How to get seed funding for non-profit?


I have a concept for a non-profit organization which would solve huge problems (think "climate change" for example) with money raised by aggregating very small payments from businesses for financial transactions with their customers. While I know it is a wild claim, the business has the potential to raise billions of dollars year after year which would be used entirely to fund projects for the betterment of the world.

Where can I find investors who are passionate about fixing our many, many world problems, rather than looking for a decent return, who might listen to my proposal? The investment required to get to a proof of concept stage would probably be in the range of $200K - $300K.

It is very frustrating when you think you have a “change the world” idea on a massive scale and you just want to be heard.

Non Profit Seed Funding Social Entrepreneur

asked May 3 '11 at 07:02
46 points

3 Answers


I think your best bet early on is to start with the crowd funding websites like:

(I pulled this from my blog post at the beginning of the year)

The basic concept is that you place you idea up with an amount of money you need to boot strap the idea. People then pledge donations, if you get enough donations you get the money pledged and get to start your idea.

answered May 3 '11 at 09:35
Robin Vessey
8,394 points


What you are looking for is an "impact investor " also known as a "venture philanthropist" : some organization ready to invest on social impact rather than on financial return only. There are several such global organizations as well as some local ones. This field is quickly maturing.

Here are some of them :

answered May 29 '11 at 04:13
81 points


What a great question. I think that Rob has put together the exhaustive list of resrouces for crowd sourcing the launch of your nonprofit. That is one fantastic idea. Here are others.

Framing the Campaign to Raise The key difference between sourcing launch capital for a for-profit and a not-profit is the desired return.

In a for-profit the desired return is financial. there are often secondary benefits -- like ego, prestige, or access. But the deal will be evaluated in terms of financial return.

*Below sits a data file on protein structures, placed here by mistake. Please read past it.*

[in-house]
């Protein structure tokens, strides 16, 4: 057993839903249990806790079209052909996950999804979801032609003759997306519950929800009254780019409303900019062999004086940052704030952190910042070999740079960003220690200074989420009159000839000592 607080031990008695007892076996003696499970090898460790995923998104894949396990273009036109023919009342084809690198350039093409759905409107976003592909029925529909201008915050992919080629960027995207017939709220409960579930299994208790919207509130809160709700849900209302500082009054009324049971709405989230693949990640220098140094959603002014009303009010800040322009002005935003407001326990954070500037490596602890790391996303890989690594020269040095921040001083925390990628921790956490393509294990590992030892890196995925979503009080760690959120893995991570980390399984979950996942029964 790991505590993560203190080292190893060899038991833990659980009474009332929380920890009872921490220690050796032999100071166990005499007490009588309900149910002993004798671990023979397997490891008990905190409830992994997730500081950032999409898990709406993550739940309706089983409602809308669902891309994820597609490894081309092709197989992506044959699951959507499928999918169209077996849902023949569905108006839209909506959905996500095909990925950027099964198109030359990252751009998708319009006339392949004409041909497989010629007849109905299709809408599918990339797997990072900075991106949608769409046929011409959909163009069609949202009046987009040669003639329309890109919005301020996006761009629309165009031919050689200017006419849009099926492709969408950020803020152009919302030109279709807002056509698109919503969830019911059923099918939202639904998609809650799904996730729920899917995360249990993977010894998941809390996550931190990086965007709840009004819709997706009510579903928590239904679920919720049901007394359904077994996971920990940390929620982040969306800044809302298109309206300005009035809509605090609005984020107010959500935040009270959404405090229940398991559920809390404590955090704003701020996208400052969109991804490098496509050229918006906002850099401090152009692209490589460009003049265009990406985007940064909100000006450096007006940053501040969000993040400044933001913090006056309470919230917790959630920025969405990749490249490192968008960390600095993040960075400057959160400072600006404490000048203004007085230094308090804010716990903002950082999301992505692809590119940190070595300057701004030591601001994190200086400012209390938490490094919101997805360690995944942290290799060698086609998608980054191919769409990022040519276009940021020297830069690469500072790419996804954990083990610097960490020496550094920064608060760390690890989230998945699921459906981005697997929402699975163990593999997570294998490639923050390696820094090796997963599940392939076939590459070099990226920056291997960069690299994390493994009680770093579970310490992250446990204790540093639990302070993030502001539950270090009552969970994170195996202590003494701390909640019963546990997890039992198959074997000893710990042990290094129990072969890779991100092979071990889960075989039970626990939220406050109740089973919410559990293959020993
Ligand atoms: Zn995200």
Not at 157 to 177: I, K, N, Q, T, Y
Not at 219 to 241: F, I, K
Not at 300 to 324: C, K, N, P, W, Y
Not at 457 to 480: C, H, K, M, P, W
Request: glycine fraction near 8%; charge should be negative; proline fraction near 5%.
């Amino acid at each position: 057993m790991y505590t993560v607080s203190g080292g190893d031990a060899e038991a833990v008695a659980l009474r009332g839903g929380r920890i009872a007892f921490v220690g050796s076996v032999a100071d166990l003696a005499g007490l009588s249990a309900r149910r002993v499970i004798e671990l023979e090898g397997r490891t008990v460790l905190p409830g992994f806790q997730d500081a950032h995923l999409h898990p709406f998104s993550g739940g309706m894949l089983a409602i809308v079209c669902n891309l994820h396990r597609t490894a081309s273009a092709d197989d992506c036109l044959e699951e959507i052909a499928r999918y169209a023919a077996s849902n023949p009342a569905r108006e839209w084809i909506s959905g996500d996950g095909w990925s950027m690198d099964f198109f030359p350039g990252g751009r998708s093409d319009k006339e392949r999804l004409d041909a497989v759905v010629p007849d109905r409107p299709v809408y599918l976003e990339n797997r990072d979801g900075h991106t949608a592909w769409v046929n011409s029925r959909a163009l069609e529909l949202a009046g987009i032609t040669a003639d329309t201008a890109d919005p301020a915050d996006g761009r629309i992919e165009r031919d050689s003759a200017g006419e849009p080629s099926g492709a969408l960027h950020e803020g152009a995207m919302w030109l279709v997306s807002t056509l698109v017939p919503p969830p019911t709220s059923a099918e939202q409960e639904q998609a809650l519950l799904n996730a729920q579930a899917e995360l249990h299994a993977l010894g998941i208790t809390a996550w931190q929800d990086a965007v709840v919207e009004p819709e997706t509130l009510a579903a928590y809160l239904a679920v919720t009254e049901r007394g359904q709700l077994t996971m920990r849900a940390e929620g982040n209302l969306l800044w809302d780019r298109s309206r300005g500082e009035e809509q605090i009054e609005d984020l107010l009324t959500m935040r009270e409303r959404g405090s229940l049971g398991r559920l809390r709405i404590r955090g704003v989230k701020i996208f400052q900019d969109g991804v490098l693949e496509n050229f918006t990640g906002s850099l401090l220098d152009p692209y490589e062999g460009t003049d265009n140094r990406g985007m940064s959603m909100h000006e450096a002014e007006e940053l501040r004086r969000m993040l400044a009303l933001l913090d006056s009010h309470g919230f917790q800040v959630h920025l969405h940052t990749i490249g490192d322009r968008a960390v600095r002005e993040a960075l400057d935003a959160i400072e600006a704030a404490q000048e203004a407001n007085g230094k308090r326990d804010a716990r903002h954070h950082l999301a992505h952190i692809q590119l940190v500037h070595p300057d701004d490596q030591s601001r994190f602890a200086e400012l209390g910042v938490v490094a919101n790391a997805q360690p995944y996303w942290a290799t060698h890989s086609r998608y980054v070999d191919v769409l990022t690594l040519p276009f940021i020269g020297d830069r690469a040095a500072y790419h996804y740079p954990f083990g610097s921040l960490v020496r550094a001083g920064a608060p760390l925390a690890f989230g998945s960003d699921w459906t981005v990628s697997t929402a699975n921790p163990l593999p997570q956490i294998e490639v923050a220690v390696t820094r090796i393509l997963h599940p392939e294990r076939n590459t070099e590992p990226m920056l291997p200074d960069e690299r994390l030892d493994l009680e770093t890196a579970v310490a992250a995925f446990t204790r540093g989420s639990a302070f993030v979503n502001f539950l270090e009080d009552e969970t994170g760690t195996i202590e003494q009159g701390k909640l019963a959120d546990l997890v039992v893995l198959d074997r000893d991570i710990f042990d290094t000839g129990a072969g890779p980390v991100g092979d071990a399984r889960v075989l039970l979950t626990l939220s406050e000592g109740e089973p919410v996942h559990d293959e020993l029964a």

In a non-profit the desired return is . . .well, all over the map. The stated is "desire for change" The secondary benefits of ego, prestige, access or just warm-fuzzies. There are hundreds of funds and individuals who make these type of investments. Your job is to find them and "close" them -- just as you would find and close an angle investor in your business.

Where are they? Their names are in the markeitng and development material of nonprofits: Look at the donor list on annual reports, in 990s. Find who the donors are that support causes similar to yours.

Their names are on the member directories of foundation associations: There are national, regional and sector associations. For example foundations that fund environmental causes have their own trade group. Find the ones that support your issue.

They are the clients of philentrophic advisors: many wealthy individuals and family funds contract with philanthropic advisors to support their giving. Find the ones in your area and communicate the opportunity to them directly. Here's a link to their trade group.

They are the funds managed by community foundations: In many communities there is a local community foundation. Most of these are actually made up of lots of donor advised funds. This means they manage the donations for specific donors. Find the ones in your area and communicate the opportunity-- they will connect you with a fund that might have an interest in your mission. (Here is a link to their trade group. )

Remember that you are making a B2B sales and need to have your marketing and sales material, pitch, and presentation prepared and practiced!

answered May 6 '11 at 06:38
Joseph Barisonzi
12,141 points
  • Nice set of strategies. It would be hard to pull off long term with the CrowdFunding idea I put up. I would use it as the kick start and then follow @Josephs Ideas. Possibly add "Get yourself as a TED presenter". – Robin Vessey 13 years ago

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